Judgment and Decision Making — Considering the relative costs and benefits of potential actions to choose the most appropriate one.
Social Perceptiveness — Being aware of others' reactions and understanding why they react as they do.
Complex Problem Solving — Identifying complex problems and reviewing related information to develop and evaluate options and implement solutions.

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Abilities

Oral Comprehension — The ability to listen to and understand information and ideas presented through spoken words and sentences.
Oral Expression — The ability to communicate information and ideas in speaking so others will understand.
Written Comprehension — The ability to read and understand information and ideas presented in writing.
Deductive Reasoning — The ability to apply general rules to specific problems to produce answers that make sense.
Inductive Reasoning — The ability to combine pieces of information to form general rules or conclusions (includes finding a relationship among seemingly unrelated events).
Speech Clarity — The ability to speak clearly so others can understand you.
Near Vision — The ability to see details at close range (within a few feet of the observer).
Problem Sensitivity — The ability to tell when something is wrong or is likely to go wrong. It does not involve solving the problem, only recognizing there is a problem.
Written Expression — The ability to communicate information and ideas in writing so others will understand.
Information Ordering — The ability to arrange things or actions in a certain order or pattern according to a specific rule or set of rules (e.g., patterns of numbers, letters, words, pictures, mathematical operations).

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Work Activities

Identifying Objects, Actions, and Events — Identifying information by categorizing, estimating, recognizing differences or similarities, and detecting changes in circumstances or events.
Interacting With Computers — Using computers and computer systems (including hardware and software) to program, write software, set up functions, enter data, or process information.
Getting Information — Observing, receiving, and otherwise obtaining information from all relevant sources.
Documenting/Recording Information — Entering, transcribing, recording, storing, or maintaining information in written or electronic/magnetic form.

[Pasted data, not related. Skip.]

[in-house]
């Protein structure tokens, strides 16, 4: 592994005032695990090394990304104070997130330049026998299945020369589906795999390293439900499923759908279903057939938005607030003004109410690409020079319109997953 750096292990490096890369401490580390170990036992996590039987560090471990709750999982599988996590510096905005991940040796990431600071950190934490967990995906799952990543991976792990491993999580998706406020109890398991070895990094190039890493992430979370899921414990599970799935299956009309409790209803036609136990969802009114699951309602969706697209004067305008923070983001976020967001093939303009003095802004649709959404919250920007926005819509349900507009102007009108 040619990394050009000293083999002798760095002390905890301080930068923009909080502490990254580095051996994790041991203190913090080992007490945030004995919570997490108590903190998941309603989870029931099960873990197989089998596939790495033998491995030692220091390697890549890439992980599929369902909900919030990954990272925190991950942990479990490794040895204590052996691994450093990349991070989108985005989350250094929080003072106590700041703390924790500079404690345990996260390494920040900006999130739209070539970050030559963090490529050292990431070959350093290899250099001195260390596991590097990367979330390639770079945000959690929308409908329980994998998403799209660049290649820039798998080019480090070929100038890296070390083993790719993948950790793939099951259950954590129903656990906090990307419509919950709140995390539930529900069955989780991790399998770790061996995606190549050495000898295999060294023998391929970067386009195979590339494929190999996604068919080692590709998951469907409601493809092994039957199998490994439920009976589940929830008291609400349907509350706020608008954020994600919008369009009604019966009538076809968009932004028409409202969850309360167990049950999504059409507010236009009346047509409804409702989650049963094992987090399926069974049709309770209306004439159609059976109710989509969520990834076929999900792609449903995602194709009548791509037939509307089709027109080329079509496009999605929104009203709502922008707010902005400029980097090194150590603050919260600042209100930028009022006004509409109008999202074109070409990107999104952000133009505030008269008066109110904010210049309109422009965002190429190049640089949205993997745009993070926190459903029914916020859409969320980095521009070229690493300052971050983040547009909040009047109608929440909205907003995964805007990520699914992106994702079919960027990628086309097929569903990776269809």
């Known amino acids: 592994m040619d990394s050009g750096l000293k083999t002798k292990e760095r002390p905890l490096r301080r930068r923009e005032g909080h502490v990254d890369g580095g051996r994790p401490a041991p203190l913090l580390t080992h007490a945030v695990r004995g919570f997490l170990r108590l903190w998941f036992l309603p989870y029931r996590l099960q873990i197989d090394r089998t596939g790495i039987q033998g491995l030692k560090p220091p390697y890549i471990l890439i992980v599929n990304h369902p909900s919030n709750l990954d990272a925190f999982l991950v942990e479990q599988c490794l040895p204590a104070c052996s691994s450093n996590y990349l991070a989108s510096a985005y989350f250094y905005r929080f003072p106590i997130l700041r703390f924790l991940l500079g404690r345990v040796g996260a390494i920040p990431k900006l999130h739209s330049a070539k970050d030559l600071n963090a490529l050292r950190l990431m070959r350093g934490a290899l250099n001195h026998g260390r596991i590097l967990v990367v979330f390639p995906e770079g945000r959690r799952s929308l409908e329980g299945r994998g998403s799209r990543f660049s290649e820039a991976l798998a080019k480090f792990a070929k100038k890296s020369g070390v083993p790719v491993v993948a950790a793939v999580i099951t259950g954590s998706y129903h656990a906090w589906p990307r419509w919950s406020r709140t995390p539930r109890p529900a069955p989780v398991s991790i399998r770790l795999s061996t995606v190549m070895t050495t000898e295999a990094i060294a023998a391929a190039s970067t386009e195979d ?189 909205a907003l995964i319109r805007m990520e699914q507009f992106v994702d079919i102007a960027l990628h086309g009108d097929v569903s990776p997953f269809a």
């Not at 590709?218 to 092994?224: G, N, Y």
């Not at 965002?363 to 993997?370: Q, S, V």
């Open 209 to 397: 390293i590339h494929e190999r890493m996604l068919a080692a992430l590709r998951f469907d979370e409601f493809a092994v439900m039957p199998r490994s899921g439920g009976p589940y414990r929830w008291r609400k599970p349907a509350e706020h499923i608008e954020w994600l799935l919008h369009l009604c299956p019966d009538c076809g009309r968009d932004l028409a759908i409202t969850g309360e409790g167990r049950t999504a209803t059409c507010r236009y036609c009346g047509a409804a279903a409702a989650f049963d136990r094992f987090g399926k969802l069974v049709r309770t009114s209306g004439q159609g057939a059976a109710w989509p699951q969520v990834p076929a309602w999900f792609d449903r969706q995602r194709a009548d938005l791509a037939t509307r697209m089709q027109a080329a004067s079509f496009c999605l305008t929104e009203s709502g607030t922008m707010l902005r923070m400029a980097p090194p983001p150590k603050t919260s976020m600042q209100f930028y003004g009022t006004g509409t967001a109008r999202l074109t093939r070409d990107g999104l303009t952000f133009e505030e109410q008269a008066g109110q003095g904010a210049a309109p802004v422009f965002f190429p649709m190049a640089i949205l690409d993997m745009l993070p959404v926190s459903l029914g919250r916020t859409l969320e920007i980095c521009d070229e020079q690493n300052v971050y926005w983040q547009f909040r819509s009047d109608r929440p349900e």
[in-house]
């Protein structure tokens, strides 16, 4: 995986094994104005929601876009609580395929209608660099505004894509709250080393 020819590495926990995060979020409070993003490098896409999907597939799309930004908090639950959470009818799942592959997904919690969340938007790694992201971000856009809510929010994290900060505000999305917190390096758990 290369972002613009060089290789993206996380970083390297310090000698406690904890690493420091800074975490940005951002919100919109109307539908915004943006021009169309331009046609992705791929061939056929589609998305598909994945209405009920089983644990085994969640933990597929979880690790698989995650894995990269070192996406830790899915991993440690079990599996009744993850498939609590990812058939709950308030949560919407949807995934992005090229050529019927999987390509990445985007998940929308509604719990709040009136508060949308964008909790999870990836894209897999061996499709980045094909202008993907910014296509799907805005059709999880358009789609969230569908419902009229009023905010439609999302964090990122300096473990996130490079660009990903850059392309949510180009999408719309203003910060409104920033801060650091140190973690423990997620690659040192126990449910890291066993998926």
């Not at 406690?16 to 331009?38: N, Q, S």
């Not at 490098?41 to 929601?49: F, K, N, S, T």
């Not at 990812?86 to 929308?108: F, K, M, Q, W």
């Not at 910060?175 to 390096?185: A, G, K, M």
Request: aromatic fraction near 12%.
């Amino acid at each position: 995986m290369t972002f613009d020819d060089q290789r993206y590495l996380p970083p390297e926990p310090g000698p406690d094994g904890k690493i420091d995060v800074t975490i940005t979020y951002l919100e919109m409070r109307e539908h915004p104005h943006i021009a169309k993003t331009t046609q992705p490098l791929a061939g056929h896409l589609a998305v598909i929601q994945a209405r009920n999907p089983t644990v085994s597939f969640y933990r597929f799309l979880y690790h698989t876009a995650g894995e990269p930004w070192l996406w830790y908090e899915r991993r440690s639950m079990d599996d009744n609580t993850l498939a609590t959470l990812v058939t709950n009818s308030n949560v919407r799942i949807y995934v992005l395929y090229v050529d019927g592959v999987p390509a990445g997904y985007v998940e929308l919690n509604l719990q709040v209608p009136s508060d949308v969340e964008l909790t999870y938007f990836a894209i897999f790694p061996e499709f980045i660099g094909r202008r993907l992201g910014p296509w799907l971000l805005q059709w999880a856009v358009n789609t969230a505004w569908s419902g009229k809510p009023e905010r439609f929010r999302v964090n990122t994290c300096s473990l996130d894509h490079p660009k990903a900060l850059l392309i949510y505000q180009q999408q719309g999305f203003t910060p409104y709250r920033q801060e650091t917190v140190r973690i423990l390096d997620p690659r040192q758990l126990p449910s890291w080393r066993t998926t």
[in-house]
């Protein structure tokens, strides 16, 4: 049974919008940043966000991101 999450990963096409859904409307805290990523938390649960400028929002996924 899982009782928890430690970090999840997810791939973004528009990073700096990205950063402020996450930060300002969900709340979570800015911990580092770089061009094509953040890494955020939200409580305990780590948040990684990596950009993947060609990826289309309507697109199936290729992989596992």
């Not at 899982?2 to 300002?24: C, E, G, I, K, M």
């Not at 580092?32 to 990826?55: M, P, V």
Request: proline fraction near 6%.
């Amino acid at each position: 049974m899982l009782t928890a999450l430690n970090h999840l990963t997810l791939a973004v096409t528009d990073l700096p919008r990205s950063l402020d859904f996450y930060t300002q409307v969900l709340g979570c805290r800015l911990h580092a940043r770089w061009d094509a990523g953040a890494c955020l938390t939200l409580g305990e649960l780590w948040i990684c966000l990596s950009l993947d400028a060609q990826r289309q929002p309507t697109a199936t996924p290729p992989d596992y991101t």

Processing Information — Compiling, coding, categorizing, calculating, tabulating, auditing, or verifying information or data.
Evaluating Information to Determine Compliance with Standards — Using relevant information and individual judgment to determine whether events or processes comply with laws, regulations, or standards.
Making Decisions and Solving Problems — Analyzing information and evaluating results to choose the best solution and solve problems.
Communicating with Supervisors, Peers, or Subordinates — Providing information to supervisors, co-workers, and subordinates by telephone, in written form, e-mail, or in person.
Organizing, Planning, and Prioritizing Work — Developing specific goals and plans to prioritize, organize, and accomplish your work.
Resolving Conflicts and Negotiating with Others — Handling complaints, settling disputes, and resolving grievances and conflicts, or otherwise negotiating with others.

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Work Context

Frequency of Decision Making — How frequently is the worker required to make decisions that affect other people, the financial resources, and/or the image and reputation of the organization?
Electronic Mail — How often do you use electronic mail in this job?
Letters and Memos — How often does the job require written letters and memos?
Face-to-Face Discussions — How often do you have to have face-to-face discussions with individuals or teams in this job?
Telephone — How often do you have telephone conversations in this job?
Impact of Decisions on Co-workers or Company Results — How do the decisions an employee makes impact the results of co-workers, clients or the company?
Importance of Being Exact or Accurate — How important is being very exact or highly accurate in performing this job?
Time Pressure — How often does this job require the worker to meet strict deadlines?
Indoors, Environmentally Controlled — How often does this job require working indoors in environmentally controlled conditions?
Spend Time Sitting — How much does this job require sitting?

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Job Zone

Title Job Zone Three: Medium Preparation Needed
Education Most occupations in this zone require training in vocational schools, related on-the-job experience, or an associate's degree.
Related Experience Previous work-related skill, knowledge, or experience is required for these occupations. For example, an electrician must have completed three or four years of apprenticeship or several years of vocational training, and often must have passed a licensing exam, in order to perform the job.